Most home health care providers (also known as home care assistants) provide in-home care for older adults, people with disabilities, and people with serious illness. They are usually categorized as home aides or personal aides. Home aides may help the client with shopping duties (including grocery or personal shopping), recreational activities, transportation to appointments such as doctor or salon visits, housekeeping, and cooking. Personal aides tend to the same matters as the home aides, but they also help dress, bathe, and perform other personal hygiene duties for their client.
Depending on the employer, home health care providers may also need to be able to take care of other health needs such as giving the client medication, taking vitals, or changing dressings. Home health care providers typically work in the clients' homes, but they may also work in group homes, nursing homes, and retirement homes. Shifts vary depending on the needs of the employer, and they may include nights, weekends, and holidays.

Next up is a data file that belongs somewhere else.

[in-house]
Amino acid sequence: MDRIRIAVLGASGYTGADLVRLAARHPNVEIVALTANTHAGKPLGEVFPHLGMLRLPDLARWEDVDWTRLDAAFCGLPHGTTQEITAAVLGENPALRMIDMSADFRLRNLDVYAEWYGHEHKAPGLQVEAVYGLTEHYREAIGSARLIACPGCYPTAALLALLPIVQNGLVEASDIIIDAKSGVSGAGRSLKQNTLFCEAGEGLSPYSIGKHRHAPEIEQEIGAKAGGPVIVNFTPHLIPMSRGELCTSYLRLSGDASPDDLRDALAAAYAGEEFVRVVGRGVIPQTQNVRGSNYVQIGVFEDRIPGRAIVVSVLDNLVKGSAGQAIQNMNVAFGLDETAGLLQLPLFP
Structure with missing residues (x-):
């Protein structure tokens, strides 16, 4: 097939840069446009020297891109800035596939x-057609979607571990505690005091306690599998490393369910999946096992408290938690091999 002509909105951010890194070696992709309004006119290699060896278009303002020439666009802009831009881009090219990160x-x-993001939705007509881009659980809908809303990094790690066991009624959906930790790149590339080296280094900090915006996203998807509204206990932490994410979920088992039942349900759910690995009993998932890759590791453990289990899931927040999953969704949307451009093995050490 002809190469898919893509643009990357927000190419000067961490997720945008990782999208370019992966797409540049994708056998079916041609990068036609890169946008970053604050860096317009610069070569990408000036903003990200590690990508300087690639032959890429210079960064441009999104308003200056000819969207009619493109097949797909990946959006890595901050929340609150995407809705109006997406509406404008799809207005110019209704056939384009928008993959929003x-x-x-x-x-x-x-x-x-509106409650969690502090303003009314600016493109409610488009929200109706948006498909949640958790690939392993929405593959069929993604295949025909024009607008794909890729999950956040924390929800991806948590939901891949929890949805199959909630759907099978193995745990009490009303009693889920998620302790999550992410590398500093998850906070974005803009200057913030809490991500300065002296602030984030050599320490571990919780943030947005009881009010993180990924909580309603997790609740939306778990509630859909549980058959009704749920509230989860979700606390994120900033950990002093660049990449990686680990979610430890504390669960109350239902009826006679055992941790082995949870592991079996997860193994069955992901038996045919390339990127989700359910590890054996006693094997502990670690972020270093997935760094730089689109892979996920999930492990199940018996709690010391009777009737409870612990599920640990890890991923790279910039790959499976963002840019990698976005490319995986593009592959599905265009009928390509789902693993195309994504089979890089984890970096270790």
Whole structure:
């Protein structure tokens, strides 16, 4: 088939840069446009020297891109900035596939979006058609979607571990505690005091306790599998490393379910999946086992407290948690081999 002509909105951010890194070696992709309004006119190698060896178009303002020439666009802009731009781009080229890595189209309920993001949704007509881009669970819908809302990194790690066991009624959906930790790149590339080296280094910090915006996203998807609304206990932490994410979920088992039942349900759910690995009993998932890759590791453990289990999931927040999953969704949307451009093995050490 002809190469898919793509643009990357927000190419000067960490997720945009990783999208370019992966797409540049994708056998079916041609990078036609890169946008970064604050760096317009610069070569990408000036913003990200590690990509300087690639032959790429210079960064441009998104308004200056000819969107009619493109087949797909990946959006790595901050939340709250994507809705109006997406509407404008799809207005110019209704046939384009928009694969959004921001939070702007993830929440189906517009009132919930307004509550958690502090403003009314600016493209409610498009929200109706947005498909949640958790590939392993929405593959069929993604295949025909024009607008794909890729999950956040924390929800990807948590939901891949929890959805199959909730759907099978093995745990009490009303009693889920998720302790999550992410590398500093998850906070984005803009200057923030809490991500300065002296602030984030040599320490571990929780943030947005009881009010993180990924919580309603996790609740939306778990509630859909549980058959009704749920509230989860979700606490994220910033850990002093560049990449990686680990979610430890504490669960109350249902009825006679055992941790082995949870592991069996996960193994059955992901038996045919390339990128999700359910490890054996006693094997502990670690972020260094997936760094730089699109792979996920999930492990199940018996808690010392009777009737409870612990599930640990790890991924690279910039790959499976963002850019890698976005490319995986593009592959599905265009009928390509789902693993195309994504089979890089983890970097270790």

To work as a home health care provider, most states require a high school diploma or equivalent; there is no specific license or certification required for this job. However, certification from the National Association for Home Care and Hospice may be beneficial. Further training for this type of work is usually done on-site, since employers' needs may vary.
Home Health Care Provider Tasks
Check patients' pulse, temperature and respiration.
Provide patients with help moving in and out of beds, baths, wheelchairs or automobiles, and with dressing and grooming.
Maintain records of patient care, progress, or problems to report and discuss observations with supervisor or case manager.
Change bed linens, wash and iron patients' laundry, and clean patients' quarters.
Entertain, converse with, or read aloud to patients to keep them mentally healthy and alert.